2. Involve groups of representative employees that comprise all the “realities” of the overall organization.
3. Alternate small group discussions with large group review and evaluation.
4. Foster conversations and formative dialogue rather than “dueling monologues.”
5. Employ a broadly representative steering committee to consolidate central questions, concerns, obstacles and recommended action items that senior managers can use in the final planning work.

Finish with Aligned Execution
That’s just the first phase, though. Fact is, far more strategies suffer from poor execution than insular planning. After the plan is completed, it’s important to engage ALL employees in conversations about where the company is heading with the plan…how it’s going to reach its goals…what each person’s roles and responsibilities are…and how they can contribute. Bottom-line, if you want what’s being said and done outside the organization aligned with what’s being said and done inside, employees have to be engaged in planning from start to finish, not just carrying out orders at the end.

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Avoiding the persuasion trap.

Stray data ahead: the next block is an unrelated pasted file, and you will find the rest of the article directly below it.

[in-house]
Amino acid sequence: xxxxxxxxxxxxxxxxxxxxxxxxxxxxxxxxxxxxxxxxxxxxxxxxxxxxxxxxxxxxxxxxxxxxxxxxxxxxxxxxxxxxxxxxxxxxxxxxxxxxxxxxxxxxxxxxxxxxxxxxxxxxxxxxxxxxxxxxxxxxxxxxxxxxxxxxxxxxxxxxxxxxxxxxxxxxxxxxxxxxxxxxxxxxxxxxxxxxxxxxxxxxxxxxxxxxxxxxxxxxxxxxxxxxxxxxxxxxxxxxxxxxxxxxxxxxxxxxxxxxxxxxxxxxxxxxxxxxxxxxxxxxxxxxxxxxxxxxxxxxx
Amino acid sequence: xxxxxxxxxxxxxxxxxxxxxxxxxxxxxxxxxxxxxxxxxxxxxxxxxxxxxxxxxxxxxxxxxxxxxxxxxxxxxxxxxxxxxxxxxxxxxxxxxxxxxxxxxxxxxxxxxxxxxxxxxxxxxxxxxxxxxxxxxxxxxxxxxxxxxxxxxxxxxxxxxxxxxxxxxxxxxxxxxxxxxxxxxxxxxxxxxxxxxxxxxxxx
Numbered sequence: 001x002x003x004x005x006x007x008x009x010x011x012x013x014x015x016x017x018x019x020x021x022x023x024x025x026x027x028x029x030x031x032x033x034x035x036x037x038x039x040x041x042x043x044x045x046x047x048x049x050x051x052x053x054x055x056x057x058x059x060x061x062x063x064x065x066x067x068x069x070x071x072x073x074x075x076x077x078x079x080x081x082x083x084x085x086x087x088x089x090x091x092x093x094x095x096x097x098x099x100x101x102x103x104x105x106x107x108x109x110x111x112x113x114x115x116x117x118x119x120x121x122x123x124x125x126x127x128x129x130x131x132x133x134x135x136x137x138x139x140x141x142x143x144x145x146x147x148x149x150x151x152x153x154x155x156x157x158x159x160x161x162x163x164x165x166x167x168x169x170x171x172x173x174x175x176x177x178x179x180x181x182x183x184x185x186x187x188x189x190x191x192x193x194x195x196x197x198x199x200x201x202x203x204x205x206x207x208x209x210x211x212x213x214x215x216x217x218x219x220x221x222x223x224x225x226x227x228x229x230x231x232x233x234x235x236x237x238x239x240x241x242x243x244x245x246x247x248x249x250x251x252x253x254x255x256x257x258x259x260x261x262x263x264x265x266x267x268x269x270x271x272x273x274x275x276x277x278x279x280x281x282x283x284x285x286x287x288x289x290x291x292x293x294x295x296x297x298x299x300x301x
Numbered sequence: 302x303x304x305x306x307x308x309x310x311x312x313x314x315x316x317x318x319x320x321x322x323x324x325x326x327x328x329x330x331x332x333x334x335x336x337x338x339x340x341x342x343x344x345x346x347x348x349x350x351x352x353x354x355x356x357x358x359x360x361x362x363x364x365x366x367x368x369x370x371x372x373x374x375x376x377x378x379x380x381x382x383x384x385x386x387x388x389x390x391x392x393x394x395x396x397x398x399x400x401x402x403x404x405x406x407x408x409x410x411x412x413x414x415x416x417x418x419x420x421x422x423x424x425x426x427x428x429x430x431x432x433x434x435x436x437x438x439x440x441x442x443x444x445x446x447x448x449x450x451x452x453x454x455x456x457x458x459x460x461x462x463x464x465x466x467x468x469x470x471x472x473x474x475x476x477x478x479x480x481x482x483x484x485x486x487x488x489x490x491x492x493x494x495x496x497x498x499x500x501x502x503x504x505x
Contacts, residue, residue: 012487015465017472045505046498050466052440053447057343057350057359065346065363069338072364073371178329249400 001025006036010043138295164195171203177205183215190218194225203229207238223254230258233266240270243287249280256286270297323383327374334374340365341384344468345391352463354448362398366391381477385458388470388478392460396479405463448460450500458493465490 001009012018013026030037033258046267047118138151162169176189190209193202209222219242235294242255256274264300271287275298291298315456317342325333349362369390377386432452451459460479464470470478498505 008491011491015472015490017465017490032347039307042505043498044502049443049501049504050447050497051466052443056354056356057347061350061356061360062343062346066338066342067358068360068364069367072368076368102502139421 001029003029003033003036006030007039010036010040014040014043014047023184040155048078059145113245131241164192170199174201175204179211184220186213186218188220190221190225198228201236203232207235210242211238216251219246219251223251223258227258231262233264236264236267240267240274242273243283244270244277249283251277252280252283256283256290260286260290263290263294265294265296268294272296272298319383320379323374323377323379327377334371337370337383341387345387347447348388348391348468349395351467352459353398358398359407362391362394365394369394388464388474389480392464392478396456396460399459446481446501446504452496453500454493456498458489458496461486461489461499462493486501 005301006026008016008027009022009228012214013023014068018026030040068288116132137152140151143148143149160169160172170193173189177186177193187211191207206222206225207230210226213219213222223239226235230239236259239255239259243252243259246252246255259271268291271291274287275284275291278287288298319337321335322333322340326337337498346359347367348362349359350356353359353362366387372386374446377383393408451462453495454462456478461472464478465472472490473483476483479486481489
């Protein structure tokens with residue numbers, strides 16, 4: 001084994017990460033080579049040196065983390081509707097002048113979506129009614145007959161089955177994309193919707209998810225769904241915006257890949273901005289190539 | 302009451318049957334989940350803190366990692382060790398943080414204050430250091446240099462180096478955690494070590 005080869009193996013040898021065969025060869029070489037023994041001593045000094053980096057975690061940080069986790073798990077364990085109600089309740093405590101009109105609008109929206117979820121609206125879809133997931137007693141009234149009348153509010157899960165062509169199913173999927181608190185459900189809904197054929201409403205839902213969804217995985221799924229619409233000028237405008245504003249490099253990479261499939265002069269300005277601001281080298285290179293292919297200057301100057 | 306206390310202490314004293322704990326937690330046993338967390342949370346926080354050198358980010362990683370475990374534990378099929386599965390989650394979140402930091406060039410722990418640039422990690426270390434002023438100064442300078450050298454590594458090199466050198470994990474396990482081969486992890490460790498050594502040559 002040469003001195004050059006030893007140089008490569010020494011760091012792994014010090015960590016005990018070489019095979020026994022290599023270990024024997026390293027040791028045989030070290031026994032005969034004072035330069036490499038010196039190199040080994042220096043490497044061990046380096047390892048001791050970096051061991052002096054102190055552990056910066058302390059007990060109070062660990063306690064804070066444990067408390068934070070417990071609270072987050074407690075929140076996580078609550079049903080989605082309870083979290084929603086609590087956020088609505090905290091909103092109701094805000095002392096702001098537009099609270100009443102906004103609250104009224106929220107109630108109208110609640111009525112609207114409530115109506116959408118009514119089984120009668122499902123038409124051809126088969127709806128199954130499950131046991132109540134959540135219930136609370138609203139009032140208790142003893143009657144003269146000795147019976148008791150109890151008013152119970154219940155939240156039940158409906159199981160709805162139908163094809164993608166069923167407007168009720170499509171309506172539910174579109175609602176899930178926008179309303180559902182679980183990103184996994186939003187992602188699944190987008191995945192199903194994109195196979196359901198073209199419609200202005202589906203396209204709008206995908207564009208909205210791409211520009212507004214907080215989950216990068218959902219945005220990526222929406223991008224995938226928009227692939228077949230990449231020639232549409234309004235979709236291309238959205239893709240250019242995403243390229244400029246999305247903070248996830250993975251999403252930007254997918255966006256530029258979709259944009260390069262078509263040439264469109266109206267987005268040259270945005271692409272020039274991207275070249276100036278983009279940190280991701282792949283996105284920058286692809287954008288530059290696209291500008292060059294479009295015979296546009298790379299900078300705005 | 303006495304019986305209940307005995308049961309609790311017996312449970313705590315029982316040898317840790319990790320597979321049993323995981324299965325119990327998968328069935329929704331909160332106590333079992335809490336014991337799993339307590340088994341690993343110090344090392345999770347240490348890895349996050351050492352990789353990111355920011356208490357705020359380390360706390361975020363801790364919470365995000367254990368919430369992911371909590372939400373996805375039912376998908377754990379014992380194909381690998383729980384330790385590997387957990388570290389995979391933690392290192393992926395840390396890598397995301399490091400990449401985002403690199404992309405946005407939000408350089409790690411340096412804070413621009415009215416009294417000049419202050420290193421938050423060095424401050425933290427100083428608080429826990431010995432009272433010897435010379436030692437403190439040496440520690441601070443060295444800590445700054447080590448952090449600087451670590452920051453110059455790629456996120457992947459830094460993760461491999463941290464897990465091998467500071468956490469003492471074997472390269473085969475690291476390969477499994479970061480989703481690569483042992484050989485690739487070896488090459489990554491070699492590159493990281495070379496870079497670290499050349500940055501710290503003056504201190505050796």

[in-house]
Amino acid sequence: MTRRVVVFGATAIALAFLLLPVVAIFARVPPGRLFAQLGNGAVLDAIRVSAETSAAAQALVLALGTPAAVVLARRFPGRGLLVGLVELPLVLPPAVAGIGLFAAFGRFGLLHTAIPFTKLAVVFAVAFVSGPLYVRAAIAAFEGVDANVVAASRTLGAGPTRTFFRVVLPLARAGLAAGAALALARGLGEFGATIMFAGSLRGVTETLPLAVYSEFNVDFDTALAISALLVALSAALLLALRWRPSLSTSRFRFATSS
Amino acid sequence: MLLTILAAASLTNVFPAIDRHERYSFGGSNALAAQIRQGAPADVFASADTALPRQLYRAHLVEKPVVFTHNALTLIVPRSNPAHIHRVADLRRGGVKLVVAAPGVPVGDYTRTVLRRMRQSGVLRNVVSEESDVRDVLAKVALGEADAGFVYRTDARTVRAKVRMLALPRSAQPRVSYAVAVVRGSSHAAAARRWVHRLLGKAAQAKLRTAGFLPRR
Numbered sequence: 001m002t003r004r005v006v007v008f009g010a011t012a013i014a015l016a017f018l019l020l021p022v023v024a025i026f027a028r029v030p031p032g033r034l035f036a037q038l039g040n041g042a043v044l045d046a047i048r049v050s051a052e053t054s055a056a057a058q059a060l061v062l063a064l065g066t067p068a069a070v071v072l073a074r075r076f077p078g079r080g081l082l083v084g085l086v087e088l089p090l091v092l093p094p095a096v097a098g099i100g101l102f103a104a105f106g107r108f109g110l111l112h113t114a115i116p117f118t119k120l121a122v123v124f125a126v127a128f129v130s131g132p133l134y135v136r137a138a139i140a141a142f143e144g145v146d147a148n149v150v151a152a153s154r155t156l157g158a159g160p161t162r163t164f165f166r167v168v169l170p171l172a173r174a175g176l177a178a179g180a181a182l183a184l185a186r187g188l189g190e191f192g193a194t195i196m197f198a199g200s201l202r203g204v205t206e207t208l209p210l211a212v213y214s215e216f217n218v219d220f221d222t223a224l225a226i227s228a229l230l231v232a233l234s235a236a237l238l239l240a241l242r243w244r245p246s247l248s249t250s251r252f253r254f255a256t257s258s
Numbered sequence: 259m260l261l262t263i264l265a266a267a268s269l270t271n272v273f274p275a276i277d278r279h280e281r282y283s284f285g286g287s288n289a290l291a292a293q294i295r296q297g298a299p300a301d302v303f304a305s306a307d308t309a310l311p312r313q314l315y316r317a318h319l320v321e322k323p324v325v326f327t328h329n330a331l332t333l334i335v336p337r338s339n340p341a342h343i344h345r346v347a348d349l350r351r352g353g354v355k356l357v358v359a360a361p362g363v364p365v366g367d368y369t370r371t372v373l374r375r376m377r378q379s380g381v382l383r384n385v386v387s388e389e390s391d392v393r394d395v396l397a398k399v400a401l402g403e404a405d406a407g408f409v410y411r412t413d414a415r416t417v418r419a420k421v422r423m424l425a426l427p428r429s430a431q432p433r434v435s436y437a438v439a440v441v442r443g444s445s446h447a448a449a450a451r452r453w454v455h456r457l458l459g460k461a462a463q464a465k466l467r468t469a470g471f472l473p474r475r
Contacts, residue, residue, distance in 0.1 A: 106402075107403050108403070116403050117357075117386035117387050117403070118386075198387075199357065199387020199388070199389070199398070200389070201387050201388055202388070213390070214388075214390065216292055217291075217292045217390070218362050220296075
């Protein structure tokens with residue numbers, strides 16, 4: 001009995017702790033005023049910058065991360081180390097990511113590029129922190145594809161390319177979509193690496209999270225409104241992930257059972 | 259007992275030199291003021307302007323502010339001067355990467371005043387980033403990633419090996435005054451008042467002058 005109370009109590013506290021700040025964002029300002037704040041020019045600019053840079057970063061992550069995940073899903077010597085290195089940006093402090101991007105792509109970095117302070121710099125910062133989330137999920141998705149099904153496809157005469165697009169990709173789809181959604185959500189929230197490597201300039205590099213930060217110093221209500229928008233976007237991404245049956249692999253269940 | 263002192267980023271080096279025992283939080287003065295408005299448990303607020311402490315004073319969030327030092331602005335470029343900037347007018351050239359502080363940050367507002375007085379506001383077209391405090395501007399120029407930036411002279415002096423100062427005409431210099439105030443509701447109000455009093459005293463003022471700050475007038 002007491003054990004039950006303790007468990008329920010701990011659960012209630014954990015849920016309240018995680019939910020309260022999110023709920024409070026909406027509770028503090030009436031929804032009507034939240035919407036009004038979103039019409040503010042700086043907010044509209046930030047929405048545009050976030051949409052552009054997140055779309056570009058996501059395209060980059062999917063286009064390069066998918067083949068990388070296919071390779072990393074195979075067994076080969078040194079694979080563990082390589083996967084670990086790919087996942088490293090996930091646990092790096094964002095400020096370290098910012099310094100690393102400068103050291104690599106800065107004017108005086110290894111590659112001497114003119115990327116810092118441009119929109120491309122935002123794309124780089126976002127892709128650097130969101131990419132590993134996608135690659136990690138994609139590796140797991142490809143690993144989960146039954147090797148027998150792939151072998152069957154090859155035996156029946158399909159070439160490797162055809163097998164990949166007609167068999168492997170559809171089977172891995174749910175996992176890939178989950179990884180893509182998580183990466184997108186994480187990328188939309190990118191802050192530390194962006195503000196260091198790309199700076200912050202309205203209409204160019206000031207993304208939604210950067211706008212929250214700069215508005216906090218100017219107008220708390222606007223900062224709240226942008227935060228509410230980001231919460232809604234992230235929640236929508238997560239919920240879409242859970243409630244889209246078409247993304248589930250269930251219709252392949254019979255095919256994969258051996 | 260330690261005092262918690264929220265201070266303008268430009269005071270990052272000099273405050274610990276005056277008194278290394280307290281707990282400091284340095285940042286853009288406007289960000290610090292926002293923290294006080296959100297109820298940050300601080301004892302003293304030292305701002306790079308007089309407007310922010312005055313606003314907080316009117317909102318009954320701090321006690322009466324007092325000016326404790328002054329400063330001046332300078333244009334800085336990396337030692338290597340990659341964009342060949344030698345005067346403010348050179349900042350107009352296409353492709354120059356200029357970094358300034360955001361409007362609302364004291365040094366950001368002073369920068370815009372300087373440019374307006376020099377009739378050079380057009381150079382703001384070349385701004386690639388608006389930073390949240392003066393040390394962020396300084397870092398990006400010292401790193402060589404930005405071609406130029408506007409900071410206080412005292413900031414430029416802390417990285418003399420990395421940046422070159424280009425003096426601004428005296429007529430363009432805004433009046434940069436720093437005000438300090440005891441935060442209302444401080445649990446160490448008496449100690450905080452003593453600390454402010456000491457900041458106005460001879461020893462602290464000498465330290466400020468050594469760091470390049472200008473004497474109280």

Few communication goals are more alluring than trying to persuade (a.k.a seduce) people to embrace new ideas and behaviors. It’s one reason organizations continue communicating with employees as an audience to be directed with messages instead of a community to be engaged through conversation.

Not “Outside-In”
But it’s a trap. As with other forms of “seduction,” people usually see through it…and often resent it. That’s especially true if they get a whiff of being manipulated by the well-known “trust-me-this-is-going-to-be-good-for-you-even-if-it-doesn’t-look-like-it” sell-job. What’s more, even if they DON’T object to the message, that kind of “outside-in” approach to communication seldom creates a sustainable sense of responsibility and ownership among employees. Instead, it comes off like a pep rally that pumps people up just long enought to cheer for the next game.

Insights from two thought-provoking communication specialists illustrate the hazards of the persuasion trap – and how to avoid it.